We have musicians who feed us
Many artists understand that fame can be fleeting, that tastes change, and that it’s a good idea to diversify your income. Others have discovered that wealth and fame provide an opportunity to pursue passions outside of music (think Killer Mike’s barber shop, the SWAG Shop). In both cases, Atlanta musicians have mastered the art of the side hustle—and nowhere is that more apparent than in our restaurant scene.
There’s Emily Saliers of the Indigo Girls, who cofounded iconic Southern restaurant Watershed in 1999. There’s Ludacris, who opened Chicken + Beer (named after his hit 2003 album) at the airport. And there’s country star Zac Brown, who’ll soon open Zac Brown’s Social Club—his second restaurant—in Philips Arena.
“Food brings people together the way music brings people together,” says Saliers, who was already an investor in the Flying Biscuit Cafe when she helped start Watershed.
Indie artists also play a significant role in Atlanta’s food scene. Before he was the James Beard Award–winning chef responsible for Miller Union’s elegant Southern fare, Steven Satterfield released four albums with ’90s dream-pop band Seely. And Jesse Smith—the bassist for punk band the Carbonas and frontman for power-pop group Gentleman Jesse—helped turn a former train depot in Decatur into the acclaimed Kimball House restaurant in 2013.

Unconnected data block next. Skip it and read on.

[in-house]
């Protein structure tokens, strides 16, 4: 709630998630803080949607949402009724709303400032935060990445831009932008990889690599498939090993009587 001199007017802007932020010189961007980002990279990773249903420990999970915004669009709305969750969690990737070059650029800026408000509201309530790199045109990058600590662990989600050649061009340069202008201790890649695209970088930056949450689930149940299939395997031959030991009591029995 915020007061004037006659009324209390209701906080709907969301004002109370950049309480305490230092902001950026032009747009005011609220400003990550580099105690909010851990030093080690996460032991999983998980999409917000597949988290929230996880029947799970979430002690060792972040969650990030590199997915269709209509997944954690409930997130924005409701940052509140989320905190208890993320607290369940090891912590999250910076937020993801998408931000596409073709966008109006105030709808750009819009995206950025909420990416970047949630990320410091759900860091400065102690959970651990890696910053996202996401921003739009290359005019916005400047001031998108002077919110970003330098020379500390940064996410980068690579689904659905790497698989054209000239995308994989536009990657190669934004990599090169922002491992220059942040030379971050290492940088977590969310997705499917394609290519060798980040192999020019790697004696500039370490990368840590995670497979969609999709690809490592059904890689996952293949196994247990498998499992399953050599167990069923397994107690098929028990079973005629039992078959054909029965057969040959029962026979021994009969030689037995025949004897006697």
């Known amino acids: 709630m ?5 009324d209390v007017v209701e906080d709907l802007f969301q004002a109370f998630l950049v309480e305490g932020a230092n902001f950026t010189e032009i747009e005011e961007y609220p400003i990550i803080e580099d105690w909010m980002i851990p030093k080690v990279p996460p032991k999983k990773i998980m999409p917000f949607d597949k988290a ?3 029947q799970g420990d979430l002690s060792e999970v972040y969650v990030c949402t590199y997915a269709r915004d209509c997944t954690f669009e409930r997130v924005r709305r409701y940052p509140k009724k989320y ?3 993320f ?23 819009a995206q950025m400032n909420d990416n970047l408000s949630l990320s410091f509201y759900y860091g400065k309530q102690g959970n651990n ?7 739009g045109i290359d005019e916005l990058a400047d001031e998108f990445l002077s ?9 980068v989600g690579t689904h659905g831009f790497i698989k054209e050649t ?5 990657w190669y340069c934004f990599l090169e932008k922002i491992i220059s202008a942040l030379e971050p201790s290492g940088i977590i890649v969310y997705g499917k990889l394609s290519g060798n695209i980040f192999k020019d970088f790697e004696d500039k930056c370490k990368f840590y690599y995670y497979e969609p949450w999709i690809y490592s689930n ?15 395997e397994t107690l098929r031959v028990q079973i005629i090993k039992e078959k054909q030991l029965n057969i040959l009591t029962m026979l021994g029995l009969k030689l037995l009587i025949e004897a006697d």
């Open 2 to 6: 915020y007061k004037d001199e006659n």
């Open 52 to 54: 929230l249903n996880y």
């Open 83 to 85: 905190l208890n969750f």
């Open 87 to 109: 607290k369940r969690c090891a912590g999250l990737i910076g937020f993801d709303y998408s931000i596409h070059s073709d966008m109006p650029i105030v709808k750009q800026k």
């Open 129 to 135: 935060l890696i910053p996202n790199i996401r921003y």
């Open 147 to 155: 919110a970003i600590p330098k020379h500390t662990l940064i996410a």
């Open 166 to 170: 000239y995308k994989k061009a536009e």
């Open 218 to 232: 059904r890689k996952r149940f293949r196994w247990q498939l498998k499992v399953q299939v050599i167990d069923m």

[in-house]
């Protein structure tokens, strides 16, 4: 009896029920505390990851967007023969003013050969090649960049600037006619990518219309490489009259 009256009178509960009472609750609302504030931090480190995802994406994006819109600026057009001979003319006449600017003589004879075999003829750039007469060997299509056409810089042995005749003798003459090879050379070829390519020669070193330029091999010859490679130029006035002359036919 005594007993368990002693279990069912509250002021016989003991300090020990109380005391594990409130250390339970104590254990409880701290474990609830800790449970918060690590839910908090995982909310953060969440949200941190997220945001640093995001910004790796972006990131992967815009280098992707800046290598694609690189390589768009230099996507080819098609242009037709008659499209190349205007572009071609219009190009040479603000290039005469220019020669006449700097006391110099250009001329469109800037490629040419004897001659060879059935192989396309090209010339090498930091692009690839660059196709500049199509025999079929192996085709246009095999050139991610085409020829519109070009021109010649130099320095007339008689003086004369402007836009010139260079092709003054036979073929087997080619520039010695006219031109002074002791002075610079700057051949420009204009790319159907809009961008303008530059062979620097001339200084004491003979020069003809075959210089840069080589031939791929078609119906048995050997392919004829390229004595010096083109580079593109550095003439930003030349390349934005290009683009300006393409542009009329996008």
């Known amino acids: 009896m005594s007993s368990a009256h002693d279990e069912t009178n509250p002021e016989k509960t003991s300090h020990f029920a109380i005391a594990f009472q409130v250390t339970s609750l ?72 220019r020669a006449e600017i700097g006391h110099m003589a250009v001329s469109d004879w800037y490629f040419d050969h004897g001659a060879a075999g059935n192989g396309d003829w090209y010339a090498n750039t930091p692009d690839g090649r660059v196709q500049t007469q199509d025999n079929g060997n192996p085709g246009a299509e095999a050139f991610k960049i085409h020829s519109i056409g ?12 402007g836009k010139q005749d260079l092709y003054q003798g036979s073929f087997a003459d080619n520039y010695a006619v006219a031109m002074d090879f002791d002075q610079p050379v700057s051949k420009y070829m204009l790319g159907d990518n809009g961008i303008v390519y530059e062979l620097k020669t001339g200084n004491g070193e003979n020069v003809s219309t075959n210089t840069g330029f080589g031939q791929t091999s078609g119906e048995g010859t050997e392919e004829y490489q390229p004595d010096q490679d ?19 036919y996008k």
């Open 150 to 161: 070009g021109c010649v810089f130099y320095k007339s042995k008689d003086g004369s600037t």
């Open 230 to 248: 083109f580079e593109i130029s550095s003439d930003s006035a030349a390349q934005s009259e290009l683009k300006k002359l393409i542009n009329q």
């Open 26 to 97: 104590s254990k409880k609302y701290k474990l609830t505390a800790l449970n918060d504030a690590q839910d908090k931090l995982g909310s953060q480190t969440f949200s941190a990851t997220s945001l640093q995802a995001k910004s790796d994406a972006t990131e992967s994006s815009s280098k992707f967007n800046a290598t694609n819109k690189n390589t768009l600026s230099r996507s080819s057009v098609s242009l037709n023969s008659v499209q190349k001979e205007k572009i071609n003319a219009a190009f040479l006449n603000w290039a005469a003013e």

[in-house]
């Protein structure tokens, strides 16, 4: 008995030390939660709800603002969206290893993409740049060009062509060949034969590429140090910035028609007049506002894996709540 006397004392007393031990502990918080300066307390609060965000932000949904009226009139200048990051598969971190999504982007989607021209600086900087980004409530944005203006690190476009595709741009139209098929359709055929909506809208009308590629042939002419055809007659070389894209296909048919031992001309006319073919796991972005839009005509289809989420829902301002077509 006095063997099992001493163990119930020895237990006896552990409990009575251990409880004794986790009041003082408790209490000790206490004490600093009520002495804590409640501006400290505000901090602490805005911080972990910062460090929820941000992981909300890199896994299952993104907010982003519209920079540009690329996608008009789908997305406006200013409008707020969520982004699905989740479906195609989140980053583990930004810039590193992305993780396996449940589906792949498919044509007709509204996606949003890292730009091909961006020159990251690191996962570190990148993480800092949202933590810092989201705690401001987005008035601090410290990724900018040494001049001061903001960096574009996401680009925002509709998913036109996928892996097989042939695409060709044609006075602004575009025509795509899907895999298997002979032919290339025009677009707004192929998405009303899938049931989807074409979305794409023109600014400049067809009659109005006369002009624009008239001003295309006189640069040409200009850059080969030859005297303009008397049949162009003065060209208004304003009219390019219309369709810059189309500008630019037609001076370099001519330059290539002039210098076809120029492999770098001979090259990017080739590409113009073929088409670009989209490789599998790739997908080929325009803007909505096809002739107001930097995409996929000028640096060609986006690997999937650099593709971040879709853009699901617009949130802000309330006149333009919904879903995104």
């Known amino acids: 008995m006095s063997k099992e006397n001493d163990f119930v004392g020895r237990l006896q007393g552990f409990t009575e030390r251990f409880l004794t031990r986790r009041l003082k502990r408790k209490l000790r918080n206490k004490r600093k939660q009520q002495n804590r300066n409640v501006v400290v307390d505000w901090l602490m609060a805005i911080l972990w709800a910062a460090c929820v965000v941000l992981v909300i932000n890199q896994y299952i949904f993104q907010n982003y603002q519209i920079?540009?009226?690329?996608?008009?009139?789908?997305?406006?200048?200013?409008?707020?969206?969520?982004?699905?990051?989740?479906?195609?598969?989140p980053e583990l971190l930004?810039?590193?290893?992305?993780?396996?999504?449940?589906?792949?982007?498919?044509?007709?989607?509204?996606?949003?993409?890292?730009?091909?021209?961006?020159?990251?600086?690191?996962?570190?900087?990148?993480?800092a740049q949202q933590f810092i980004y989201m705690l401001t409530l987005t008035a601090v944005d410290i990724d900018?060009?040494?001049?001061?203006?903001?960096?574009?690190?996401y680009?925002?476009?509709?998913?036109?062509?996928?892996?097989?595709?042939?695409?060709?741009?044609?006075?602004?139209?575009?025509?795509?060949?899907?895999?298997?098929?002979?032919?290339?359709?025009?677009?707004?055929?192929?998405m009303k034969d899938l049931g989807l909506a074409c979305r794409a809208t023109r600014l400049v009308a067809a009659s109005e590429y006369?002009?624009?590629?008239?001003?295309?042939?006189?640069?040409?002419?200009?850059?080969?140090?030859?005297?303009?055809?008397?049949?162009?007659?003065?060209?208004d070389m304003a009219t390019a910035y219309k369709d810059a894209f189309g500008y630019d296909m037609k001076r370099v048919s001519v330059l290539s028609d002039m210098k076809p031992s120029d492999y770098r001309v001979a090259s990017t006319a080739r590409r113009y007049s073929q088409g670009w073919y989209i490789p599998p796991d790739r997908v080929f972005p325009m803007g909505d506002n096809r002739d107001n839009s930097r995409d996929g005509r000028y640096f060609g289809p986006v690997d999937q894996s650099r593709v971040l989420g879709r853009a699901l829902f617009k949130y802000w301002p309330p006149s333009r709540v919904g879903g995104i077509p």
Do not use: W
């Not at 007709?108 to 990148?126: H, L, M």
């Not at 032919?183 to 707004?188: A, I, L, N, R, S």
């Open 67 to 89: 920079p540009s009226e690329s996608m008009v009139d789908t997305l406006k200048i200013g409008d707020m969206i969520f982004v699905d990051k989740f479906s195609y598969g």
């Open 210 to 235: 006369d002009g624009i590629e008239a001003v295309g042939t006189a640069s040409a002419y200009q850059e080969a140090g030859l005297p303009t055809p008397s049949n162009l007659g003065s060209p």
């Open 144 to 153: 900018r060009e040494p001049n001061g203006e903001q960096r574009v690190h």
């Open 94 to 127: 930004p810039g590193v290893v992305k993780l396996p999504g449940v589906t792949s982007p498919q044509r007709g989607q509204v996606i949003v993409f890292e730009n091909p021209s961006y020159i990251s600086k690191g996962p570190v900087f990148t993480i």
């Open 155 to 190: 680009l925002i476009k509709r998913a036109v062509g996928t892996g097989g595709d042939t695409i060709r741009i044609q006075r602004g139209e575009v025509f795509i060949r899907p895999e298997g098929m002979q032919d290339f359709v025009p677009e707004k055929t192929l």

“I was very hands-on with my music, just like I am with the restaurant,” says Smith, who founded Kimball House with a group that includes his label head, Bryan Rackley (who is co-owner of Kimball House). “I didn’t want the quality of the music to ever suffer because I was trying to appeal to more people. And that’s similar to the way we run the restaurant.”
In addition to wanting to connect with fans, these artists also want to honor their origins.
“There’s a connection between our musical roots that were founded in the South,” Saliers says, “and our love of food that’s local to the South.”